In the round:
In the round:
Yarn: Artful Yarns Flora
Needle: 8 circular
Gauge: 5 st to 1 in
Child size: 2 T (just a guess, better bigger than smaller)
Sizing from: http://www.craftyarncouncil.com/childsize.html
Chest: 21 in
Sweater pattern: EZ’s Knitting Without Tears Seamless Raglan, p. 73
Sweater is bottom up, worked in the round.
The body is knit first, up to the yoke. The two sleeves are knit second, up to the yoke.
Then sleeves and body are joined, and the yoke and neckline are knit.
NOTE: I initially thought the gauge was 5 st to 1 in. The CO st were written for that.
CO 100 st.
Knit two inches of hem in k2p2.
(I wanted a fancy hem, so I did one inch of stockinette followed by one half inch of garter. Therefore the hem rolls but not too much. Just enough for style ;))
Knit ten inches in plain stockinette.
Body has now been knit up until the yoke.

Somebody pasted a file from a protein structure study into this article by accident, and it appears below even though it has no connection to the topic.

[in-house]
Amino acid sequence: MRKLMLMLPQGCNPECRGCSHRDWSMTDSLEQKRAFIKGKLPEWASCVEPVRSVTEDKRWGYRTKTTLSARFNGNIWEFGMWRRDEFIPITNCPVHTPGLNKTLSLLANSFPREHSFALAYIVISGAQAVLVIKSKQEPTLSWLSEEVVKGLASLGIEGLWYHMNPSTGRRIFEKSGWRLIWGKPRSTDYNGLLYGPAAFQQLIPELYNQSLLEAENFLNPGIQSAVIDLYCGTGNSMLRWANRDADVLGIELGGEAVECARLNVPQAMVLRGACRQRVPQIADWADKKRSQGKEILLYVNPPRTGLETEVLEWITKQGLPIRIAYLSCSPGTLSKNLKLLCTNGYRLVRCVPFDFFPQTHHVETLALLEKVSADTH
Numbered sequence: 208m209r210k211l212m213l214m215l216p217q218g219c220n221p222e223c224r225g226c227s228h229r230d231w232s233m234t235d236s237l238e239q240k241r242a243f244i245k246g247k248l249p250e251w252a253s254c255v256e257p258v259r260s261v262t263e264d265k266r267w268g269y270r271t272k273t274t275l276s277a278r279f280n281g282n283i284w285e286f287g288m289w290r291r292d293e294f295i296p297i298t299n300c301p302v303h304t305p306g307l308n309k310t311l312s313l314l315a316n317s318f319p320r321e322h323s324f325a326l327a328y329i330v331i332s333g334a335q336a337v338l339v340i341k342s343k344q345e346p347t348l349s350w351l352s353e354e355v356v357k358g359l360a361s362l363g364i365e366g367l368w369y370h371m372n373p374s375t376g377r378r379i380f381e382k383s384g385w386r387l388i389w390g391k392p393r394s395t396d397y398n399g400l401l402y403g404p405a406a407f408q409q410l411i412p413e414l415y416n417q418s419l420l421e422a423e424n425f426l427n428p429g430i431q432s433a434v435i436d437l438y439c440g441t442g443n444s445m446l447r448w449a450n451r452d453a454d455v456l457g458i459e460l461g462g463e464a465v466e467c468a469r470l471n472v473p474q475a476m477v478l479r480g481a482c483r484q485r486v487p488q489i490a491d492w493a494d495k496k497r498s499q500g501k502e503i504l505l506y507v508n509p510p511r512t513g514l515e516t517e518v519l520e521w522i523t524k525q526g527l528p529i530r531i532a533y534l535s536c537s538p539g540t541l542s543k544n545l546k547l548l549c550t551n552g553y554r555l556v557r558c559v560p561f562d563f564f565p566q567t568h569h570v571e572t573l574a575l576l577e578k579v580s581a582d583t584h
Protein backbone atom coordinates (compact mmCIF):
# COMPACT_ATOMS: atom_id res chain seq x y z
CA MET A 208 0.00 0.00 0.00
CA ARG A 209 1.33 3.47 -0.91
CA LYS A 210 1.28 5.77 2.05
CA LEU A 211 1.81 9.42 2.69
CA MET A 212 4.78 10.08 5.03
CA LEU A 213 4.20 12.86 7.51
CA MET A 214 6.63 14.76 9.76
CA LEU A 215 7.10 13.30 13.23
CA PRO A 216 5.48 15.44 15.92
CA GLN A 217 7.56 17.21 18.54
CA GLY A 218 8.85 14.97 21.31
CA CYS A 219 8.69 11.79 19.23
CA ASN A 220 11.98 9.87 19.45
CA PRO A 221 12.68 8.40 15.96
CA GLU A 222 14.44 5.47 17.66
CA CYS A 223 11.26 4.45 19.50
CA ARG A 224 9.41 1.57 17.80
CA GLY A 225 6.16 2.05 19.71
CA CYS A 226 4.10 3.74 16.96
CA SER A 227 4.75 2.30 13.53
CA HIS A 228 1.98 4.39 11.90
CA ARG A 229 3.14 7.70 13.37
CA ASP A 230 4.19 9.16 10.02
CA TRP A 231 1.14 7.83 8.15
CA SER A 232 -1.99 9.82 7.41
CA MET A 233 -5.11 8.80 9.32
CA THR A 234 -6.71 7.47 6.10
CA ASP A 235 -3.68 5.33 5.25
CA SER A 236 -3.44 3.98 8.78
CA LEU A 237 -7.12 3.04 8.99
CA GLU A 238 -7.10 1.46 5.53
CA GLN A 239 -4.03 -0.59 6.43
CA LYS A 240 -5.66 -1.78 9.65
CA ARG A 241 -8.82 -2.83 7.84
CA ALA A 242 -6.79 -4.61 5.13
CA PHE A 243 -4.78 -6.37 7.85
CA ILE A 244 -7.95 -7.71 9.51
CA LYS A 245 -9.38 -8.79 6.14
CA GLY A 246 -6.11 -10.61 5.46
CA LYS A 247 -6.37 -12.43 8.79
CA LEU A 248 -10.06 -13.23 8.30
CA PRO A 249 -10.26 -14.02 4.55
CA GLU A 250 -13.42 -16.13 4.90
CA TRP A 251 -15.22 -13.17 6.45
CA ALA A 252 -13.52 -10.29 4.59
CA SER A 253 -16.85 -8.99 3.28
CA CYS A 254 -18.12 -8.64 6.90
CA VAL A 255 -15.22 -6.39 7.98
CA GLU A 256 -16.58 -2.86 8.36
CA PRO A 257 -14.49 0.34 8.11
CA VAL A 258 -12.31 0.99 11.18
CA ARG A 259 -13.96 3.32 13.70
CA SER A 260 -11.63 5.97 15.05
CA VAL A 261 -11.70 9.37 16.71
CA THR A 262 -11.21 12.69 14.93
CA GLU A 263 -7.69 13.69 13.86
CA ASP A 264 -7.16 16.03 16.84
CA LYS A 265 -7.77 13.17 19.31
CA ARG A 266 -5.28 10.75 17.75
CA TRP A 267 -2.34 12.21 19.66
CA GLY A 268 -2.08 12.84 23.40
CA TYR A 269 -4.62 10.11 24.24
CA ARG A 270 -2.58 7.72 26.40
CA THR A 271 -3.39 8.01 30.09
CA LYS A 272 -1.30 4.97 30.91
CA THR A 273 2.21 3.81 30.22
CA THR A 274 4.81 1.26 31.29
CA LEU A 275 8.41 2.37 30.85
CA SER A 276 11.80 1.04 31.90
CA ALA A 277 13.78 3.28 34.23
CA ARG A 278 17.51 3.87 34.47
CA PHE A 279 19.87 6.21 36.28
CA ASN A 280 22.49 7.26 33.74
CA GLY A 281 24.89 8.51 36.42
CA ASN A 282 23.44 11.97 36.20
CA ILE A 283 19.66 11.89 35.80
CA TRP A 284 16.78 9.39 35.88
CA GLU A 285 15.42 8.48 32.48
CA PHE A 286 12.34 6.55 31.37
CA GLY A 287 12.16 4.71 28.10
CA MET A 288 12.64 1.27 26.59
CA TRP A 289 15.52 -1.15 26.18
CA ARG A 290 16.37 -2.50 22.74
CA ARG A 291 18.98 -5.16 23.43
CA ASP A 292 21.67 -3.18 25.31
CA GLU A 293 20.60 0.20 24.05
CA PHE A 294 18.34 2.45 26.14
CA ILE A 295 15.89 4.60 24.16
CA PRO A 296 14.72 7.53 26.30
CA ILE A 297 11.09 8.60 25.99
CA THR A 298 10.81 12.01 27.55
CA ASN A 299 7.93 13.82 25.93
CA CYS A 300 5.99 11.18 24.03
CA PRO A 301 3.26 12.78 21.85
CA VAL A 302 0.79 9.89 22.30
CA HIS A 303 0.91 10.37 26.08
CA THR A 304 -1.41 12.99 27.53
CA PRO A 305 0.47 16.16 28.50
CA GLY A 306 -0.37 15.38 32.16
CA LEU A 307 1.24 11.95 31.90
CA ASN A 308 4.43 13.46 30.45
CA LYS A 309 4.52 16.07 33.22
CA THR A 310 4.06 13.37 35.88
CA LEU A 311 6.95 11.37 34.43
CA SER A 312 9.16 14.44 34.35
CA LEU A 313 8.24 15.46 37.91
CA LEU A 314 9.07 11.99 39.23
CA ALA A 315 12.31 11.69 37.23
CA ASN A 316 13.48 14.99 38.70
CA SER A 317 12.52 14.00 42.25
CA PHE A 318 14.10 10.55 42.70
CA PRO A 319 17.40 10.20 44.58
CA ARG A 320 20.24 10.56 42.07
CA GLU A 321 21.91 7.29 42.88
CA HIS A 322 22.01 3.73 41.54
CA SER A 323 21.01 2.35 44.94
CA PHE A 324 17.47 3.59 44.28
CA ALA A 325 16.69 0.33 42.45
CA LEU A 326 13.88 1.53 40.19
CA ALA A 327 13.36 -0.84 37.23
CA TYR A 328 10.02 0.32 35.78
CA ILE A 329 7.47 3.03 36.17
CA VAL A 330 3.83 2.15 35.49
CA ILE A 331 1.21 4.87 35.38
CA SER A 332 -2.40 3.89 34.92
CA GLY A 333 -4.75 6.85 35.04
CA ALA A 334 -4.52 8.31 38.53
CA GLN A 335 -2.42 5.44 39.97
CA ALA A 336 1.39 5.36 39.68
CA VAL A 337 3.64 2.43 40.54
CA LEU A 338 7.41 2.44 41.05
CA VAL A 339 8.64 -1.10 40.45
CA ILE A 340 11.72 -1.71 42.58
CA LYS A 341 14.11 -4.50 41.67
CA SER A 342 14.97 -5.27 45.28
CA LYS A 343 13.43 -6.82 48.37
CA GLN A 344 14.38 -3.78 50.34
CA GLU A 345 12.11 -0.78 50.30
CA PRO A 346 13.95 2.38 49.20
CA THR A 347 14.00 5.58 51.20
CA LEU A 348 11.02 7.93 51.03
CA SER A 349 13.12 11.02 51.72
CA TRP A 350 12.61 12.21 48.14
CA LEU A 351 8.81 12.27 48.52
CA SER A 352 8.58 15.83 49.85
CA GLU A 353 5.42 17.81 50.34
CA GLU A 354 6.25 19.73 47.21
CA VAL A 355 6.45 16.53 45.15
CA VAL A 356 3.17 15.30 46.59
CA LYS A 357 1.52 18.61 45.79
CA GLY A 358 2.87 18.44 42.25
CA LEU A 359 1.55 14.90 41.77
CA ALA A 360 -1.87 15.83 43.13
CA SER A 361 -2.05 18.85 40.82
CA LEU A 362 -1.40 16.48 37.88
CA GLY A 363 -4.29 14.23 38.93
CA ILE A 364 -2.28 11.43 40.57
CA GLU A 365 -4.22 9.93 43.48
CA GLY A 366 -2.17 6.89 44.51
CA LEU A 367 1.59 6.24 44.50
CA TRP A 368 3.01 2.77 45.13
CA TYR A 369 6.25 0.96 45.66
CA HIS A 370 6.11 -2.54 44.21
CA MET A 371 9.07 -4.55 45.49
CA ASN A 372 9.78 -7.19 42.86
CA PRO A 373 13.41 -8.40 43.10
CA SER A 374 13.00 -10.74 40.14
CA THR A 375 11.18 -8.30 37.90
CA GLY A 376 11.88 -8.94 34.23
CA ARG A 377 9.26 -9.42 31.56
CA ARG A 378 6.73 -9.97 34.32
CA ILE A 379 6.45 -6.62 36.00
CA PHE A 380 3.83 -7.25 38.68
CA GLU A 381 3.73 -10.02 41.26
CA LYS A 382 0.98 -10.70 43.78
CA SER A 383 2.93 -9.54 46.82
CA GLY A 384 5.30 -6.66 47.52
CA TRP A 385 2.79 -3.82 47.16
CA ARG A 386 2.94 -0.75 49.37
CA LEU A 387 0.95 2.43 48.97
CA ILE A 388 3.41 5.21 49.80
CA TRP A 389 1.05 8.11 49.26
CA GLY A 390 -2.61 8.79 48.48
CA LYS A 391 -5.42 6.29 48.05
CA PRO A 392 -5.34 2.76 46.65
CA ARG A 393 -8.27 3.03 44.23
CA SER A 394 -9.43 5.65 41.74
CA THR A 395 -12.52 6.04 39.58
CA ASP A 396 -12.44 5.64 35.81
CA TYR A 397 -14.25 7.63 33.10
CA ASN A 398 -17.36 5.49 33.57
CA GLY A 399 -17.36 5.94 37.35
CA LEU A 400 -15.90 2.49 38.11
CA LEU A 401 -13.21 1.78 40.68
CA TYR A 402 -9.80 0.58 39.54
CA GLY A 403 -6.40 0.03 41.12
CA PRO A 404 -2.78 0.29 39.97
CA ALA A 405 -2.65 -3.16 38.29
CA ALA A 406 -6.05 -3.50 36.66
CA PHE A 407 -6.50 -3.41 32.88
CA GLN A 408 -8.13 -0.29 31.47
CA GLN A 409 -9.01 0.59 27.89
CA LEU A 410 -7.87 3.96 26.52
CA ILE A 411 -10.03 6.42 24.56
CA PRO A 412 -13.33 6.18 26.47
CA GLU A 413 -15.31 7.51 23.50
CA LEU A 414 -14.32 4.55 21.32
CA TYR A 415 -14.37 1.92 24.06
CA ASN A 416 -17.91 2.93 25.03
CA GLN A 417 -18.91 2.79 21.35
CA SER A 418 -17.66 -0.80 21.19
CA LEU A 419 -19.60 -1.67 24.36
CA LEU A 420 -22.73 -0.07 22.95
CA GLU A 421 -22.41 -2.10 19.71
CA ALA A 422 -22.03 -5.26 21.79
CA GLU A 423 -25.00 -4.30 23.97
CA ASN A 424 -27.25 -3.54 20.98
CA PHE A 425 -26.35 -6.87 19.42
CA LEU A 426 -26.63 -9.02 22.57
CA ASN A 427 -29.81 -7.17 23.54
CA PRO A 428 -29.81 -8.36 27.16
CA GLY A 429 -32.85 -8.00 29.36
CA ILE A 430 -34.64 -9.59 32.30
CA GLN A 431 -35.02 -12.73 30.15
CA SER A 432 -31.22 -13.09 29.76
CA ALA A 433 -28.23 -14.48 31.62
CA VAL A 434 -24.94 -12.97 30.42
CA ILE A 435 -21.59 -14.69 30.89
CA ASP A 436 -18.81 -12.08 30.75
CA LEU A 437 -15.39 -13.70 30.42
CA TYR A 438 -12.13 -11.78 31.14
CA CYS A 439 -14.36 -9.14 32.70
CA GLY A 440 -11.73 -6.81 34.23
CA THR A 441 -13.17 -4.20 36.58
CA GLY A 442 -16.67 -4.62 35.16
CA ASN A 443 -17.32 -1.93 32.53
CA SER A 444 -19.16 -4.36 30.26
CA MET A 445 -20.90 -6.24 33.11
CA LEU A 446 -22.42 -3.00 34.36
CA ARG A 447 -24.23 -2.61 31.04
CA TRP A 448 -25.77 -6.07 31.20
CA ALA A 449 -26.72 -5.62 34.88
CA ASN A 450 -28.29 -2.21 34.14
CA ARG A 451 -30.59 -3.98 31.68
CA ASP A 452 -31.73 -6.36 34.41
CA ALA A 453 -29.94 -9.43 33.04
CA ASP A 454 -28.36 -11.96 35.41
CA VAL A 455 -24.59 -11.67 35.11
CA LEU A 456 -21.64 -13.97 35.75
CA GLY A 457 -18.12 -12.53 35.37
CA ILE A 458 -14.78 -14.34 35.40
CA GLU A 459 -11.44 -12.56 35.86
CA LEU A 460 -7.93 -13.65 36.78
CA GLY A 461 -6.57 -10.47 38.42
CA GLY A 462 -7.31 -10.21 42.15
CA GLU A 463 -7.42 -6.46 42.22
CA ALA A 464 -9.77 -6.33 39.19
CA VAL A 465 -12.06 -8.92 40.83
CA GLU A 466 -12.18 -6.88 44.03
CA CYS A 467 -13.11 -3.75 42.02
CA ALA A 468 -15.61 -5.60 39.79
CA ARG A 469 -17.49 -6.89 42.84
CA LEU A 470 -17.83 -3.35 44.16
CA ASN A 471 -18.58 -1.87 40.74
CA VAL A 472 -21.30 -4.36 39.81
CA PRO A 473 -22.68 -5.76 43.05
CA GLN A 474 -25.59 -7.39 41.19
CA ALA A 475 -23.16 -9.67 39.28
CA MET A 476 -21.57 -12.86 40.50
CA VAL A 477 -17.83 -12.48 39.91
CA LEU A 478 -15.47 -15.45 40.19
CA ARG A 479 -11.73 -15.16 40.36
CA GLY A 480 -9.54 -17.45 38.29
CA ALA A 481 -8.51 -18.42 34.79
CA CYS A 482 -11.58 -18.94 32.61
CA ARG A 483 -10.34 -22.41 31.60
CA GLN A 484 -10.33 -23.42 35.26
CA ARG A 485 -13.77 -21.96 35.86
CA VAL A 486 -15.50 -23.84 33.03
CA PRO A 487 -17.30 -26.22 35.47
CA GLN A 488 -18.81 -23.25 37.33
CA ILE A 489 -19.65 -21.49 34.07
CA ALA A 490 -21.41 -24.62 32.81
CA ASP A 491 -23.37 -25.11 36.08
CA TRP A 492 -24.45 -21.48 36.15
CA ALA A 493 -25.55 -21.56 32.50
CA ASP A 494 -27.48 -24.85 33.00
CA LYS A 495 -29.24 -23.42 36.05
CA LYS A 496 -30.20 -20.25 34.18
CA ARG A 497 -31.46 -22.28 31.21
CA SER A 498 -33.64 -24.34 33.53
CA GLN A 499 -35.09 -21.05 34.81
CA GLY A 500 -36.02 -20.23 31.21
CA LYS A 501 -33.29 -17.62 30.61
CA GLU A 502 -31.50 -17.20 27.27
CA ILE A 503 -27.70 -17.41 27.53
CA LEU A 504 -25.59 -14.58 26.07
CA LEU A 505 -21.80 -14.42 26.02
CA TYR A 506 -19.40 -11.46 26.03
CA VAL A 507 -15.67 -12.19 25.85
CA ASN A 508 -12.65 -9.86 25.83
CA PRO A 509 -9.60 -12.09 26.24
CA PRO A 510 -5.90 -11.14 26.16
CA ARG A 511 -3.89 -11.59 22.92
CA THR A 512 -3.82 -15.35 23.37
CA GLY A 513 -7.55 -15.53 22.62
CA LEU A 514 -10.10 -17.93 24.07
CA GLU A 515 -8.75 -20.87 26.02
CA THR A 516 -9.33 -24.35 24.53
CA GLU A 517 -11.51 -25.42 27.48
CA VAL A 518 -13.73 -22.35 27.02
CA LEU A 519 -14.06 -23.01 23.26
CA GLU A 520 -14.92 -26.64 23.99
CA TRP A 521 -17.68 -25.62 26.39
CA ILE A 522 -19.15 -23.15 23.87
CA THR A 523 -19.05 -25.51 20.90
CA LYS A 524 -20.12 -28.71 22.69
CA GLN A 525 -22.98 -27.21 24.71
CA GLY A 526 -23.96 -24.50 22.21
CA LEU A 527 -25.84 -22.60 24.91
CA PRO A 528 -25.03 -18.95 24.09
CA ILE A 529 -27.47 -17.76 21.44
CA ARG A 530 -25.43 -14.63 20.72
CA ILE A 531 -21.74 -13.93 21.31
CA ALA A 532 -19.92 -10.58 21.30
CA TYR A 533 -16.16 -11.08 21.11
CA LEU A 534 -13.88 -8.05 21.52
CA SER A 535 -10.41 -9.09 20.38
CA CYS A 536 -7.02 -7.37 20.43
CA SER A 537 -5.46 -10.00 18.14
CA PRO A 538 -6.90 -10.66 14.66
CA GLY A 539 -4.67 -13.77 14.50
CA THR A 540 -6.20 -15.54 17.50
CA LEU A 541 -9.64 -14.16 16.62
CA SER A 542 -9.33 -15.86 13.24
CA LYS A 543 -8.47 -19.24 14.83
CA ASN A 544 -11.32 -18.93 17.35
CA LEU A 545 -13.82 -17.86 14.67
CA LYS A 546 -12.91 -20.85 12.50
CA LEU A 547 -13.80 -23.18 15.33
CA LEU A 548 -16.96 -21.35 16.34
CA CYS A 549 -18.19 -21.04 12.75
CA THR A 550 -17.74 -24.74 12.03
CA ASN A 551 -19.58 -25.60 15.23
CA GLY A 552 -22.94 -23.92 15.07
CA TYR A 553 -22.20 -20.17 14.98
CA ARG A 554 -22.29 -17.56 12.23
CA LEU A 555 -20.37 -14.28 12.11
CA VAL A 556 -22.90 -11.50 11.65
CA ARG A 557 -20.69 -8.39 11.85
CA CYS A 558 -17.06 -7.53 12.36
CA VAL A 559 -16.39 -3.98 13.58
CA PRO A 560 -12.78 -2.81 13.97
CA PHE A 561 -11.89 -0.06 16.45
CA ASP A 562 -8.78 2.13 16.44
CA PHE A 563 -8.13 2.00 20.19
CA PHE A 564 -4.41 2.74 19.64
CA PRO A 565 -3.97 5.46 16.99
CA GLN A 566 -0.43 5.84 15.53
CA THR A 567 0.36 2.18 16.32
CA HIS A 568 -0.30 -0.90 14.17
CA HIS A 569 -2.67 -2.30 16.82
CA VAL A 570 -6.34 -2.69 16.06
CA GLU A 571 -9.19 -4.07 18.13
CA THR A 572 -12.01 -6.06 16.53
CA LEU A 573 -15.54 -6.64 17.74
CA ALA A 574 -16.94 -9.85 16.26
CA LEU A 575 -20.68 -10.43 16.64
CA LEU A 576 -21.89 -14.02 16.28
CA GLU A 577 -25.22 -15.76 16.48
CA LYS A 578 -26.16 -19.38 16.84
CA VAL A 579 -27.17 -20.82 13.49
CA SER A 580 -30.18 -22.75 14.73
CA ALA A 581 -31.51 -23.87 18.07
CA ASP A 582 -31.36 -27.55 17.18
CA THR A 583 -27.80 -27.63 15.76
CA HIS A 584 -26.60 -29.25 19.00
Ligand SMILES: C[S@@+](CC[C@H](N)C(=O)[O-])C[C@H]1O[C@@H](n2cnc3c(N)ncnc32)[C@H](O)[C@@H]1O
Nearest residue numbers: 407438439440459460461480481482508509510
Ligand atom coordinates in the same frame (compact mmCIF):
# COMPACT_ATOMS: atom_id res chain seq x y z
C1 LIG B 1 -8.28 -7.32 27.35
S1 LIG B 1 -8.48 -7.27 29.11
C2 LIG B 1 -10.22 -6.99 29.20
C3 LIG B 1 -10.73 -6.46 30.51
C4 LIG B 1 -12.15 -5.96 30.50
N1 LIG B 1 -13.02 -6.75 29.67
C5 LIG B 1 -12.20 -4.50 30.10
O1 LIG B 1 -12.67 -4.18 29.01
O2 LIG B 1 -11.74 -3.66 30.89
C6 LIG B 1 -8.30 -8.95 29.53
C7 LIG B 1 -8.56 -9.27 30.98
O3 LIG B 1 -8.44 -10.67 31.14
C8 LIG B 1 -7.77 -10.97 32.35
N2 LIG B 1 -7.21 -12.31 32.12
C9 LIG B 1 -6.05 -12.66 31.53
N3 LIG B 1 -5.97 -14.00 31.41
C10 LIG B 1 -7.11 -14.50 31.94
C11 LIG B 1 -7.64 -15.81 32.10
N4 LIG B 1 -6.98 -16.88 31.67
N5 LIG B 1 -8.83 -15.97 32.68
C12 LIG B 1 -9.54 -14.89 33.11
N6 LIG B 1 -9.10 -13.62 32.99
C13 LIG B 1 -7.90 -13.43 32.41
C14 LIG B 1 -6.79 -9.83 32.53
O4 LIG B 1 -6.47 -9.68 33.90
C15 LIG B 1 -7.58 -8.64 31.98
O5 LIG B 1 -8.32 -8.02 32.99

CO 20 st.
Knit two inches of cuff in k2p2.
(I wanted a fancy cuff, so I did one inch of stockinette followed by one half inch of garter.)
Total sleeve length will be 8 inches.
PM before and after four underarm st.
Make inc before and after those four st, every 4 rows.
Increase until you have 33 st, then work straight to underarm.
UNITE BODY AND SLEEVES TO FORM YOKE:
Place 8 st centered around four underarm st on sleeves on spare yarn.
Place 8 st for left body on spare yarn.
Place 8 st for right body on spare yarn.
Total yoke size is 5 inches (math: yoke is 25% of body, which here is 20 in).
The first half of the yoke is worked even (the first 2.5 in).
At 2.5 in, 3.5 in, and 4.5 in, do a decrease row (k1, k2tog).
Short row back of neck shaping (copy hem and cuff design).
(Look at youtube tutorial for Japanese Short Row Shaping).
Weave in ends.
Knit up underarms with mattress stitch.
Done and done.
Windy City Skirt
Ravelry Link here: http://www.ravelry.com/patterns/library/windy-city-skirt
In the Round, Bottom Up Skirt Pattern
Recommended Yarn: Noro Iro
Skeins needed: Depends on length of skirt, I’d pick up 6 to be safe, but I like below the knee skirt lengths.